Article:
Annie D. Stutley
Apr 15, 2023
So much of Easter focuses on conquering death itself, but overlooking the freedom that the resurrection offers 'this' life, skips a sizable chunk of the miracle.
In my family we knock our Easter eggs. Knocking eggs, egg pocking, or egg paquing is an Easter tradition that came to my part of Louisiana via the Cajuns. The game is pretty simple. It’s man-to-man, egg-to-egg. Players face off, each one with a hard-boiled egg in their fist, and they knock the ends of their eggs together. Whoever’s cracks is the loser. The game keeps going until it’s down to one Champion Egg. We’re unsure of the origins of the first egg knock in my family, but we’ve done it on Easter Sunday as long as anyone can remember. And my father, Pop, held the record not for the highest number of Champion Eggs, but for the most notorious egg pranks.
Among the most infamous was the year he and my uncle dyed one raw egg. Just before dinner, they snuck the trick egg onto one of the egg and candy nests of the dining table's place settings. Unfortunately, they chose the nest of one of Grandma’s special guests, a lady who was wearing an expensive long chiffon dress. When she knocked her egg with her neighbor, the yoke dribbled onto her gown and slithered between the pleats of pastel chiffon. Grandma was furious and promptly marched into the kitchen, grabbed an egg from the fridge, and cracked it over Pop’s head. He didn’t pull that prank again, but while the rest of the family played by the rules, he would use anything–a robin's egg candy, the back of a stainless steel spoon–attempting to fool the rest of us into thinking it was a real hard-boiled egg tucked in his grasp. Of course, we were never fooled, but we laughed with him anyway. He engaged in this buffoonery year after year, the incessant clown he was, and we came to look forward to his mischievousness: “what would Pop use as an ‘egg’ this year?”
So the first Easter without Pop’s shenanigans was one I dreaded.
Egg knocking has been around for centuries and is common in Europe, especially France. Its origins trace all the way back to Ancient Greece, and in the Greek Orthodox church, the eggs are dyed red to symbolize the crucifixion of Christ. The cracking of the shell when the eggs collide symbolizes Christ’s resurrection from death. The egg, then, is a reminder of rebirth–the new life in Heaven that awaits those who believe in Christ. That first Easter without my father was a rather agonizing time in which to grieve. All the talk about life after death, resurrection, and the gates of Heaven opening for a new life, the awaiting of new bodies–that was heavy stuff when my loss was so raw.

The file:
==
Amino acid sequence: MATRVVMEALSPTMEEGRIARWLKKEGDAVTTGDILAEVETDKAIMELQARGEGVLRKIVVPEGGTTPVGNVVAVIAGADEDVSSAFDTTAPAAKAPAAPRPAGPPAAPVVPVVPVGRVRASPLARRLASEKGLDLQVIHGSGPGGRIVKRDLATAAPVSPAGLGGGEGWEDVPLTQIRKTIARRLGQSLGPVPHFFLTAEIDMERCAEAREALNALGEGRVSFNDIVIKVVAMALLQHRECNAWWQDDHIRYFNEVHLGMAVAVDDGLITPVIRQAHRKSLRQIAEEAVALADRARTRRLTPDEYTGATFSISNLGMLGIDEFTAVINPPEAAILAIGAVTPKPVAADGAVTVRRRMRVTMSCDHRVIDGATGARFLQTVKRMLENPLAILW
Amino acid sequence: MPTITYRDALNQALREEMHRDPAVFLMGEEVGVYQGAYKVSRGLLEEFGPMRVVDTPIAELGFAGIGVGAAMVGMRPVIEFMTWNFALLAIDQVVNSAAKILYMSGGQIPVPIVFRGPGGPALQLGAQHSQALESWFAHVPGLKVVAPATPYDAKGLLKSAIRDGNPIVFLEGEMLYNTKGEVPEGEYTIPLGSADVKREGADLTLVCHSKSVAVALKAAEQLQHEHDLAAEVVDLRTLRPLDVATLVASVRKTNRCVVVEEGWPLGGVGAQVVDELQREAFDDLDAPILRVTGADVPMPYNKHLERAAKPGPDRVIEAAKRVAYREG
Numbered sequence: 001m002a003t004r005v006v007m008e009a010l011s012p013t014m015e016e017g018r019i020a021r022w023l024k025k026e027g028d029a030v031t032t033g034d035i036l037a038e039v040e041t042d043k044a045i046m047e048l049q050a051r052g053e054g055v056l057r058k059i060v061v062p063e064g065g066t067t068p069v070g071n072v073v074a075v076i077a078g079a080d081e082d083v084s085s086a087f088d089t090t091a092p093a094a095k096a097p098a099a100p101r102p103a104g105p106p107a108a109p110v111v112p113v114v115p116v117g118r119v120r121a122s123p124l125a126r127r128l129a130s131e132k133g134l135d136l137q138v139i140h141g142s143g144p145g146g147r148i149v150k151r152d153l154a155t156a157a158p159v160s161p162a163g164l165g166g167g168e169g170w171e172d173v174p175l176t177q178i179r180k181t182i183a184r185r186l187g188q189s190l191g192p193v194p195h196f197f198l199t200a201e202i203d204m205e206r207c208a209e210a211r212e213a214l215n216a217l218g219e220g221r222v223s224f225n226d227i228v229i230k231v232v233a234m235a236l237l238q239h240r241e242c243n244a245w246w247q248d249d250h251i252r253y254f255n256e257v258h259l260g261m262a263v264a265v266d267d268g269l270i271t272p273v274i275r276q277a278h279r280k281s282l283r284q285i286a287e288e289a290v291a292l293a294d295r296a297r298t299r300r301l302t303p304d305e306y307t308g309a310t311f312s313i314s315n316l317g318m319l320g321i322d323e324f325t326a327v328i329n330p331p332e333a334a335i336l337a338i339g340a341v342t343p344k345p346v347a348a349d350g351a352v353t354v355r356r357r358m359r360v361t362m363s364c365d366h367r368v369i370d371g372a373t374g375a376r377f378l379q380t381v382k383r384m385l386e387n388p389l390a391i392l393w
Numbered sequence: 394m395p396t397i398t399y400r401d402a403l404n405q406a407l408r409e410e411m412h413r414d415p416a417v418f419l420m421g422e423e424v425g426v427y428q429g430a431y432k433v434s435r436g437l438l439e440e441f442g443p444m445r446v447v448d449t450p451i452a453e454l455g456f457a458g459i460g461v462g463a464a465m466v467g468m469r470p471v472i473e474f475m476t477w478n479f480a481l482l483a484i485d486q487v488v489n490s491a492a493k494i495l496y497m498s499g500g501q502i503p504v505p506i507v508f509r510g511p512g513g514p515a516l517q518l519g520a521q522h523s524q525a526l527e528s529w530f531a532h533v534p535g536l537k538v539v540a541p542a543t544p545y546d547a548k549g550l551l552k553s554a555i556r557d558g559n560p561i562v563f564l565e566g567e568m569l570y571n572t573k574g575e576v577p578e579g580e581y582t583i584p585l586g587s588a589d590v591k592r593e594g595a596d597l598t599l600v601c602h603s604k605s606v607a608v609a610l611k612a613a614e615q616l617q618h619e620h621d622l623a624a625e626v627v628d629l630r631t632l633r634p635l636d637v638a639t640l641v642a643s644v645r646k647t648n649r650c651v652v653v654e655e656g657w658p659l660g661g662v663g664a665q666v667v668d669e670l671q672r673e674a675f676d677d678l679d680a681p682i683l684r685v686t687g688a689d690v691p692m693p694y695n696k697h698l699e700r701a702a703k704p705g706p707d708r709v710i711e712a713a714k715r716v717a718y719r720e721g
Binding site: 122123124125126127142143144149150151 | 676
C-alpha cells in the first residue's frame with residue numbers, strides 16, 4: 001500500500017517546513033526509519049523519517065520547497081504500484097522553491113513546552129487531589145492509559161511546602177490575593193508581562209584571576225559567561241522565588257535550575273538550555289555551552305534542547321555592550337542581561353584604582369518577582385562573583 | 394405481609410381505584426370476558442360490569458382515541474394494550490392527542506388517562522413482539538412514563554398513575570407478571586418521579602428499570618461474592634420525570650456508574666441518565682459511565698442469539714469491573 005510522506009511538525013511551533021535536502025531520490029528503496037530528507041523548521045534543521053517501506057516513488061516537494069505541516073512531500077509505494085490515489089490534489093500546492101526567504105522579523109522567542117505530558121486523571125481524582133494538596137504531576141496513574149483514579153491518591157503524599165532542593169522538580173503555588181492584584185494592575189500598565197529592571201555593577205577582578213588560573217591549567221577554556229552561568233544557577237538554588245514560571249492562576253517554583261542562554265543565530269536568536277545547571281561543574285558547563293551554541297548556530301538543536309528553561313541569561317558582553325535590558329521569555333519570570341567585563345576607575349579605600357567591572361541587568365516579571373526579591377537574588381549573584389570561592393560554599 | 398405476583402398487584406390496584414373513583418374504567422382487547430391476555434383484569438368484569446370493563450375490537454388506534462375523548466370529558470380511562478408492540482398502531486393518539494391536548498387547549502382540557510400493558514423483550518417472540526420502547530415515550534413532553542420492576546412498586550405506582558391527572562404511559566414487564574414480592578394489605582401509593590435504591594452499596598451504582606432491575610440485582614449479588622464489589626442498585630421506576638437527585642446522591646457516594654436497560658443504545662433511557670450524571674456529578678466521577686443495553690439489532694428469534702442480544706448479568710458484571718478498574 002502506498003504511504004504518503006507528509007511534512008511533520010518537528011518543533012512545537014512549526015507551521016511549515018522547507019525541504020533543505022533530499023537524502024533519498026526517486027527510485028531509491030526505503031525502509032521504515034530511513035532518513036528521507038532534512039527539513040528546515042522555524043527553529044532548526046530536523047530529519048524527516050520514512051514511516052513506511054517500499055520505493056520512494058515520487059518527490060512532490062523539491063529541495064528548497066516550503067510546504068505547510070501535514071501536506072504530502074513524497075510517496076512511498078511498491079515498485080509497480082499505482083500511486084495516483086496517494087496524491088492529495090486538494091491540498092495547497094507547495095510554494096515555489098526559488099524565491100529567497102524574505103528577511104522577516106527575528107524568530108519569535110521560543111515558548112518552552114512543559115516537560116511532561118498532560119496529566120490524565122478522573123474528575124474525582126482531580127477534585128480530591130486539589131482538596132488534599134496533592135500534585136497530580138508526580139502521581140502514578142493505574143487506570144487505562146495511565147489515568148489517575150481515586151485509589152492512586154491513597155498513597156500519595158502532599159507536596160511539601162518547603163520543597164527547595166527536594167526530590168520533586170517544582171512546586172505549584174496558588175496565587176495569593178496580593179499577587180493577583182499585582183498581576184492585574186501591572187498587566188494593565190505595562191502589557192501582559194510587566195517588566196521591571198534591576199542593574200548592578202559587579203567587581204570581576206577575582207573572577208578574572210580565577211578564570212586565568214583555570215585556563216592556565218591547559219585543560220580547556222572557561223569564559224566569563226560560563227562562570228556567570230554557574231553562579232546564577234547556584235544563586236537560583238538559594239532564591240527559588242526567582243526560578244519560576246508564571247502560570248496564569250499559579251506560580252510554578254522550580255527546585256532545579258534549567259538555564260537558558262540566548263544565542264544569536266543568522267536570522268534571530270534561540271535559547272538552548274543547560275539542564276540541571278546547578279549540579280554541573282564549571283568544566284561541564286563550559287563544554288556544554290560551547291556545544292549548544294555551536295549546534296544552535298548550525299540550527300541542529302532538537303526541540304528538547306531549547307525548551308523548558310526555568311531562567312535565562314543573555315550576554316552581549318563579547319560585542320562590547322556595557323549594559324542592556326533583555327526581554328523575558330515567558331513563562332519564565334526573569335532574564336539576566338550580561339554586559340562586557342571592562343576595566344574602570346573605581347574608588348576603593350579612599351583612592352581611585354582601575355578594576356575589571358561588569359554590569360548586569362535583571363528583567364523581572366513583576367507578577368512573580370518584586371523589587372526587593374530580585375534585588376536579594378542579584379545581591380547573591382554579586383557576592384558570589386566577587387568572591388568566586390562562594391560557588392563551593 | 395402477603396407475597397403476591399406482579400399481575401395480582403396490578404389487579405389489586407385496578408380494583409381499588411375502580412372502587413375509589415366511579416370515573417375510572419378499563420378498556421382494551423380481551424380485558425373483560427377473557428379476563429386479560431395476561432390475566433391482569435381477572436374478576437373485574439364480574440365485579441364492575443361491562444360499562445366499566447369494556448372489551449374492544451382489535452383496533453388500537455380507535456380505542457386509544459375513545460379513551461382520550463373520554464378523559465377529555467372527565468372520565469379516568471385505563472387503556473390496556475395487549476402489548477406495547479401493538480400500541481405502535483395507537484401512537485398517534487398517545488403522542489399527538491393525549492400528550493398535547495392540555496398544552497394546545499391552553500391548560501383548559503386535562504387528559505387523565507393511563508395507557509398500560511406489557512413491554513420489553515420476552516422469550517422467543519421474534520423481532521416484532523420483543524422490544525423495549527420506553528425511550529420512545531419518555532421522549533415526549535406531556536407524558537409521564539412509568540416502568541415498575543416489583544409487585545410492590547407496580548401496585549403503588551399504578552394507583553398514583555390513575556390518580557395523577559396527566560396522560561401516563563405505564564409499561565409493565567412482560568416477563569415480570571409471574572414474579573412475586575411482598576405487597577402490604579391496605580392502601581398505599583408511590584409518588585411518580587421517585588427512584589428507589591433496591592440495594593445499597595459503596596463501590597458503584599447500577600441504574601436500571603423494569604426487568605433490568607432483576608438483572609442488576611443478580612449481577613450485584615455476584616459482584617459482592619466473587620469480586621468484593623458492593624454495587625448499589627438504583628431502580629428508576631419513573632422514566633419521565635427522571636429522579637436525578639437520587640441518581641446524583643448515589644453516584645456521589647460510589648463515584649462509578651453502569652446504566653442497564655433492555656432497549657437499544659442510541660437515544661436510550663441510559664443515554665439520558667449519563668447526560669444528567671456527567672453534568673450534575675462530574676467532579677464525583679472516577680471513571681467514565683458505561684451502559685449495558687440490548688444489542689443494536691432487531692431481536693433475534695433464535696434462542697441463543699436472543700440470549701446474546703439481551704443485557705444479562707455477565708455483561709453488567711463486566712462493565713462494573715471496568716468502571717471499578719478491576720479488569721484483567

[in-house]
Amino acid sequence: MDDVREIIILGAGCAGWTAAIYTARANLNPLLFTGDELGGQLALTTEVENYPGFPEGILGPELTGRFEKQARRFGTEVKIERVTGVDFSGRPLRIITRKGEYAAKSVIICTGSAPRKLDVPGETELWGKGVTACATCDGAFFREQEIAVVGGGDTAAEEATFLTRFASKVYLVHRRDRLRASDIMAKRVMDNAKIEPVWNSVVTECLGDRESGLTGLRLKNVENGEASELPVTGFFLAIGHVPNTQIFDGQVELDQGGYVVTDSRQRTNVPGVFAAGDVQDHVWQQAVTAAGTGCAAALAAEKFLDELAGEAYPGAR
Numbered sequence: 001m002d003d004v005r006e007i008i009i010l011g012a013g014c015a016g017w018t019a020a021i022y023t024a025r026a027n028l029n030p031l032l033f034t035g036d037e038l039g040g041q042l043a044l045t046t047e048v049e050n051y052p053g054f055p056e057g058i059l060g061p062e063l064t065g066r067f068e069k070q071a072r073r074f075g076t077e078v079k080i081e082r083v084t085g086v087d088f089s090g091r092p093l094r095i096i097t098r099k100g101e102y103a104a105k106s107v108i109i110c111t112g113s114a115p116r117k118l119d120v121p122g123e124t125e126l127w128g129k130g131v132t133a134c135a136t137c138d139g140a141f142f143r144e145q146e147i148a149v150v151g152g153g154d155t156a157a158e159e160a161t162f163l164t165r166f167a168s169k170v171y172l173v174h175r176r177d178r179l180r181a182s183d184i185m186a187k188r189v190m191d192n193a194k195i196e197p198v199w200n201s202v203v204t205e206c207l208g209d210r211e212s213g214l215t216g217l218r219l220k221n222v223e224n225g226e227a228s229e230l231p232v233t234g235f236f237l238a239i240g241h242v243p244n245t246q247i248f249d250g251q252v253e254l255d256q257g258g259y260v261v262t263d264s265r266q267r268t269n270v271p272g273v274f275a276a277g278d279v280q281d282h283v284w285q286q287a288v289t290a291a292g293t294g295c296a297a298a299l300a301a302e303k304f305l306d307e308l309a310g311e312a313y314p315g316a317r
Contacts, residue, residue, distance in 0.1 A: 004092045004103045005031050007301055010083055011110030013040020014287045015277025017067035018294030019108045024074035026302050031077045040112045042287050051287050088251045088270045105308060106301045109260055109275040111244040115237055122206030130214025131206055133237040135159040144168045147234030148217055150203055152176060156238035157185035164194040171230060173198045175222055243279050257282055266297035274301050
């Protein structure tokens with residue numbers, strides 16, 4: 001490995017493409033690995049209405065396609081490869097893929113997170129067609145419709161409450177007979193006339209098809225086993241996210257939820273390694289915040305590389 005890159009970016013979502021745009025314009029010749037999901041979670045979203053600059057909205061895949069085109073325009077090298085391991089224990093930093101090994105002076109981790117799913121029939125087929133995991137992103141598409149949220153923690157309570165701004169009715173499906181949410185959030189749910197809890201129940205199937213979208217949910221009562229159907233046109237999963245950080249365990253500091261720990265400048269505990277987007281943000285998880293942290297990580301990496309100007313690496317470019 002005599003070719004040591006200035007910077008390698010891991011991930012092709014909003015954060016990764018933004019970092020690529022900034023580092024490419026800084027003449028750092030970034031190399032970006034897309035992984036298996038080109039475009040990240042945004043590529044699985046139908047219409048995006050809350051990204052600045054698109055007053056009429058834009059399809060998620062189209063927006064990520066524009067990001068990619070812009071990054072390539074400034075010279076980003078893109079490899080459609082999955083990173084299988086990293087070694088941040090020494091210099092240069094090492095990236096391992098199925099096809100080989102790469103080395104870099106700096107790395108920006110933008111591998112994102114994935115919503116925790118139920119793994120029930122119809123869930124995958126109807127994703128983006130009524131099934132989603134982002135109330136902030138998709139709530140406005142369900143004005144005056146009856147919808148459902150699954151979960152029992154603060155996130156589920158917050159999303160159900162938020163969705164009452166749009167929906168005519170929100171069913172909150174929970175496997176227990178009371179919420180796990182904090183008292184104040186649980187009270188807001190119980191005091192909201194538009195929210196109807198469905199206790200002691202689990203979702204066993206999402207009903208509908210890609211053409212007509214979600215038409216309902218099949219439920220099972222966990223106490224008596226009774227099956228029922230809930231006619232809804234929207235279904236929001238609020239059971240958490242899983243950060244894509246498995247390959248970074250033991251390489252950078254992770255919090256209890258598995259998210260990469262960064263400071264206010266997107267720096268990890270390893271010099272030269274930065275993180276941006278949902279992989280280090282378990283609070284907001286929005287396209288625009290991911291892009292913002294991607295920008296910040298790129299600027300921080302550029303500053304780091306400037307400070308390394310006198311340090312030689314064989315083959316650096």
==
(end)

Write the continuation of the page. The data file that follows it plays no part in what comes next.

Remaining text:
My entire life, Heaven had been a no-brainer, a second-nature belief. I went to Catholic school; my parents were part of the charismatic renewal. There was no question Jesus was the Messiah and that he died on the cross for me to have eternal life. But that talk was before I had a horse in the race, a stake in the game, before Heaven absolutely had to exist. That Easter, as I dropped dye tablets into vinegar and water to dye four dozen eggs, everything was at risk because the person who meant everything to me was somewhere out there. For the first time, I had to face where that somewhere is...or isn’t. For Christians, Easter is the holiest day of the year. Doctrine is written around the idea of Jesus taking the sins of mankind and dying with them so that death would no longer be a loss, but a victory. Try taking that in when all you want is to see someone again. It’s either a comfort or an inner trial.
What did I believe after all?
This question consumed me as I approached that Sunday; as I watched my kids tear through their baskets of toys and chocolates; while I listened to my pastor preach about the ultimate miracle and God’s promises; and as I picked up a hard-boiled egg and wished with all my might that Pop was there, tricking me with a walnut or something posing as an egg. Easter is the ultimate miracle–the Great Ta-Da–the promise that something better is waiting. But what about my miracle that I prayed and prayed and prayed for back when I pumped my father with every homeopathic treatment I could find after the doctors gave up? I didn’t get my miracle. How could I not then question everything that once came easy when everything was suddenly so damn hard?